"We won't have a stunt that's as big as last year - I don't know how you would top that parachute jump, it was brilliant - but we have different stuff going on through the week and we do have an action sequence at the end which I think will be really cool and different. The big thing about Later this year is that it all takes place over one night. It's very exciting."

What made you take on the burden of another show alongside the main 6.30pm edition?
"I didn't even think about it, it just seemed to be really obvious. Obviously I'm a megalomaniac and a glutton for punishment! I think what it was, was that I really want [Later and the main show] to work together. I'll be bringing a producer in to run Later for me but the editorial stuff is done - it's all storylined - and I haven't died! Maybe I'm used to it. I used to exec on The Bill, Family Affairs and Murder Investigation Team at the same time so it didn't seem that bad to me."

Will you be using the older characters a little more?
"To some extent - they won't get [main storylines] - it's not about them, but I didn't see any reason why they shouldn't be really interesting and good fun."

Ever since Hollyoaks began, anyone over 35 is usually just the parent of a character and there for support purposes. Will that change?
"I think the thing about Myra is that actually her kids are quite old. I think she's great and she's got good stuff coming up with Theresa, which makes sense but does Jacqui really need Myra? Whereas with the Costellos coming in, the kids are younger and actually part of their reason for arriving is to do with the kids so it feels really easy to involve them from the off. Also they're glamorous and have a story which is the dad being worried about the kids finding something out. It'll change from that point of view. You might see more of Myra when we bring in the new McQueen, though."

We've heard the new McQueen is called Bart...
"Yes, his name is Bart McQueen - he's obviously named after Bart Simpson..."

Where does he come from? Does Myra have another sister?
"Oh, he's some sort of cousin! They basically go to the wrong funeral and then they go to the right funeral and end up coming back with him - it is funny."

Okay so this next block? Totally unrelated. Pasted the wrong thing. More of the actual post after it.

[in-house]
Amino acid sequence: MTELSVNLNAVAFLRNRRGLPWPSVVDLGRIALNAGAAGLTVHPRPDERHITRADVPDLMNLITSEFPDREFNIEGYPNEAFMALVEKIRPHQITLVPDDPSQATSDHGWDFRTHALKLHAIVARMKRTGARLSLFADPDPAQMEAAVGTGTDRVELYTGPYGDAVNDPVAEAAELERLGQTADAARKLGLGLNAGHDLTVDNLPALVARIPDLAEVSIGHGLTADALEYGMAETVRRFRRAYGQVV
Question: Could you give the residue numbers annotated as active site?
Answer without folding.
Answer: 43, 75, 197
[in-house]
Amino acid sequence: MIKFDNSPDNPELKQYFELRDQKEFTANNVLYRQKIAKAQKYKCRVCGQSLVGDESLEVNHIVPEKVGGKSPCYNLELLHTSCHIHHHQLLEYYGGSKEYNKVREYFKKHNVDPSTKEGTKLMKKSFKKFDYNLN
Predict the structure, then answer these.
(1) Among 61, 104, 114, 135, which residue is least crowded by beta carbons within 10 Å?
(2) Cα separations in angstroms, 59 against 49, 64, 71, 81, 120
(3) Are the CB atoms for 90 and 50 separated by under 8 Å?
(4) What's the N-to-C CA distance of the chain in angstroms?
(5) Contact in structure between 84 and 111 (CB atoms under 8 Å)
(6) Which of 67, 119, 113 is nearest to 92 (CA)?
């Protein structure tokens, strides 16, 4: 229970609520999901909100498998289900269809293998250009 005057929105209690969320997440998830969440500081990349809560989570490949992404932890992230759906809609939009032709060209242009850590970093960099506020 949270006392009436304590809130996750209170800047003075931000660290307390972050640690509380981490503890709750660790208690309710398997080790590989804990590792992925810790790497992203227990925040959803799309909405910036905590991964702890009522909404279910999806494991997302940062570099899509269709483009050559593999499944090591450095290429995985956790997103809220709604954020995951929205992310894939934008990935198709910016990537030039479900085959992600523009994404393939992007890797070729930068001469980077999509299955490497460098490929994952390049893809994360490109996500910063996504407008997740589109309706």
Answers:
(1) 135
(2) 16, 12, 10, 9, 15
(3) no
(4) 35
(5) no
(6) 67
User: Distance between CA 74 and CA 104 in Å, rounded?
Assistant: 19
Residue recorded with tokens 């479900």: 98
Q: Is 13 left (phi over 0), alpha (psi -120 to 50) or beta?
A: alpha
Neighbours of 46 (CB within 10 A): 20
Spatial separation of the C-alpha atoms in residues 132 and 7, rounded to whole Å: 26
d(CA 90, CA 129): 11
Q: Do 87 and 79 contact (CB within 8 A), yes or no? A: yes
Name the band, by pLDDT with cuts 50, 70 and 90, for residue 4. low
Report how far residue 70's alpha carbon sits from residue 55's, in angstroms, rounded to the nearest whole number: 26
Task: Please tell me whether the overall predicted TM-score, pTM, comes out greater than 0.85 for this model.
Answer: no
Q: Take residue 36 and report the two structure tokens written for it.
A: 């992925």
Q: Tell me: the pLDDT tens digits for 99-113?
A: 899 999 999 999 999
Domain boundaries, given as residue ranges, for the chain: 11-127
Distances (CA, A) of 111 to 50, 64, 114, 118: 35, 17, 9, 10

Do you intend to continue casting more 'known' and high-profile actors?
"No-one's been cast for being high-profile. Casting Sheree Murphy, it was day one and they said: 'We have to cast this today'. They showed me a DVD of six perfectly good actresses, one of whom was Sheree Murphy who I recognised and said, 'Let's have her'. It's as simple as that - I've watched Emmerdale and I know what Sheree can do. It's a safe pair of hands and because it's her, originally she was coming in and it was quite [a small role] but it gets bigger and bigger and funnier. She turns into the mother from hell.

"Then people like Paul Opacic who is playing Carl Costello was the best by about a million miles when he read, then Kim Tiddy - I just had to have Kim Tiddy! I cast Kim in The Bill - she's actually here today. She was stranded in Thailand for a week. I started by saying, 'We could have Kim Tiddy but maybe she's a bit too young?' Then we saw lots of actresses and thought, 'No, let's have Kim Tiddy'. She's great. The writers are really excited about her."

Will you be creating more sets? Filming more on location?
"Well, we have new sets appearing but that's over the course of the next year. Hollyoaks is basically built as real, so you can't turn it around over a weekend. In terms of shooting more on location, we will - to some extent - where it really works. There's so much on site now. Ten years ago, there was Brookside and Hollyoaks here but now there's just Hollyoaks. It's all about how we use the space."

Playing devil's advocate… If you were at Hollyoaks before Christmas, would you have gone ahead with the flashforward?
"If you'd asked me that on January 6, I would have said no. It was facing me like a huge cliff to climb, but it's really worked. I've seen it and I'm really pleased with it."

> Loads of 'Hollyoaks' gossip from Paul Marquess

Additional reporting by Philippa Warr. Get the Inside Soap magazine on your iPhone or iPad